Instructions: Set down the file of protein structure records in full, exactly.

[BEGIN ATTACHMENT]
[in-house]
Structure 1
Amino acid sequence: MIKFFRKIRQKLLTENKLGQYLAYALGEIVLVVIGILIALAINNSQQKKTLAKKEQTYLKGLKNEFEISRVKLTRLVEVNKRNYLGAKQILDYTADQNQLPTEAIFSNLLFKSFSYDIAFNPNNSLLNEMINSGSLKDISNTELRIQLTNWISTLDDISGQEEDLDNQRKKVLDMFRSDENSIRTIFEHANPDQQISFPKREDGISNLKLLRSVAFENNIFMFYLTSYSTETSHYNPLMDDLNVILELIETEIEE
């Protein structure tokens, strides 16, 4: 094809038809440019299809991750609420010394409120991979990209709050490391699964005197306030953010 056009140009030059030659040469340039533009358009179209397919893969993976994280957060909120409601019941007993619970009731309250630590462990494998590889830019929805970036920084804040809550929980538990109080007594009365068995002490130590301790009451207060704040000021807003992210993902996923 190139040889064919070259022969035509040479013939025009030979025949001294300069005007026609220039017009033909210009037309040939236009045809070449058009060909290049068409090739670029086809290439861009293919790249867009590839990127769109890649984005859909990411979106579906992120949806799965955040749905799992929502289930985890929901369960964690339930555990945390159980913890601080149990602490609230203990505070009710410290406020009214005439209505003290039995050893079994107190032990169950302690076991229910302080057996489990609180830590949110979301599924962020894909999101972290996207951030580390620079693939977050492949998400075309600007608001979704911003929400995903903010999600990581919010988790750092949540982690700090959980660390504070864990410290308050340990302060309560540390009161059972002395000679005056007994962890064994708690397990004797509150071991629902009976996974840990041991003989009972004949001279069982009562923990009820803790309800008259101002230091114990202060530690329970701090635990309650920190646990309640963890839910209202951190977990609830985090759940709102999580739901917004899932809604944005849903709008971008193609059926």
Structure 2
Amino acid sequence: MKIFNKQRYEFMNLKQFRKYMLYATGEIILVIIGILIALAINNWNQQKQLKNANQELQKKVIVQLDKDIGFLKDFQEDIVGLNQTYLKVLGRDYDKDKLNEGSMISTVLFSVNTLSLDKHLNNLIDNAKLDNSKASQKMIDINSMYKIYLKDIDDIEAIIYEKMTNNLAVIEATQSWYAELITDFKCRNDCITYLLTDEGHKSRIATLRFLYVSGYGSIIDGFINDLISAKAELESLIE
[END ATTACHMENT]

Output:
[in-house]
Structure 1
Amino acid sequence: MIKFFRKIRQKLLTENKLGQYLAYALGEIVLVVIGILIALAINNSQQKKTLAKKEQTYLKGLKNEFEISRVKLTRLVEVNKRNYLGAKQILDYTADQNQLPTEAIFSNLLFKSFSYDIAFNPNNSLLNEMINSGSLKDISNTELRIQLTNWISTLDDISGQEEDLDNQRKKVLDMFRSDENSIRTIFEHANPDQQISFPKREDGISNLKLLRSVAFENNIFMFYLTSYSTETSHYNPLMDDLNVILELIETEIEE
């Protein structure tokens, strides 16, 4: 094809038809440019299809991750609420010394409120991979990209709050490391699964005197306030953010 056009140009030059030659040469340039533009358009179209397919893969993976994280957060909120409601019941007993619970009731309250630590462990494998590889830019929805970036920084804040809550929980538990109080007594009365068995002490130590301790009451207060704040000021807003992210993902996923 190139040889064919070259022969035509040479013939025009030979025949001294300069005007026609220039017009033909210009037309040939236009045809070449058009060909290049068409090739670029086809290439861009293919790249867009590839990127769109890649984005859909990411979106579906992120949806799965955040749905799992929502289930985890929901369960964690339930555990945390159980913890601080149990602490609230203990505070009710410290406020009214005439209505003290039995050893079994107190032990169950302690076991229910302080057996489990609180830590949110979301599924962020894909999101972290996207951030580390620079693939977050492949998400075309600007608001979704911003929400995903903010999600990581919010988790750092949540982690700090959980660390504070864990410290308050340990302060309560540390009161059972002395000679005056007994962890064994708690397990004797509150071991629902009976996974840990041991003989009972004949001279069982009562923990009820803790309800008259101002230091114990202060530690329970701090635990309650920190646990309640963890839910209202951190977990609830985090759940709102999580739901917004899932809604944005849903709008971008193609059926």
Structure 2
Amino acid sequence: MKIFNKQRYEFMNLKQFRKYMLYATGEIILVIIGILIALAINNWNQQKQLKNANQELQKKVIVQLDKDIGFLKDFQEDIVGLNQTYLKVLGRDYDKDKLNEGSMISTVLFSVNTLSLDKHLNNLIDNAKLDNSKASQKMIDINSMYKIYLKDIDDIEAIIYEKMTNNLAVIEATQSWYAELITDFKCRNDCITYLLTDEGHKSRIATLRFLYVSGYGSIIDGFINDLISAKAELESLIE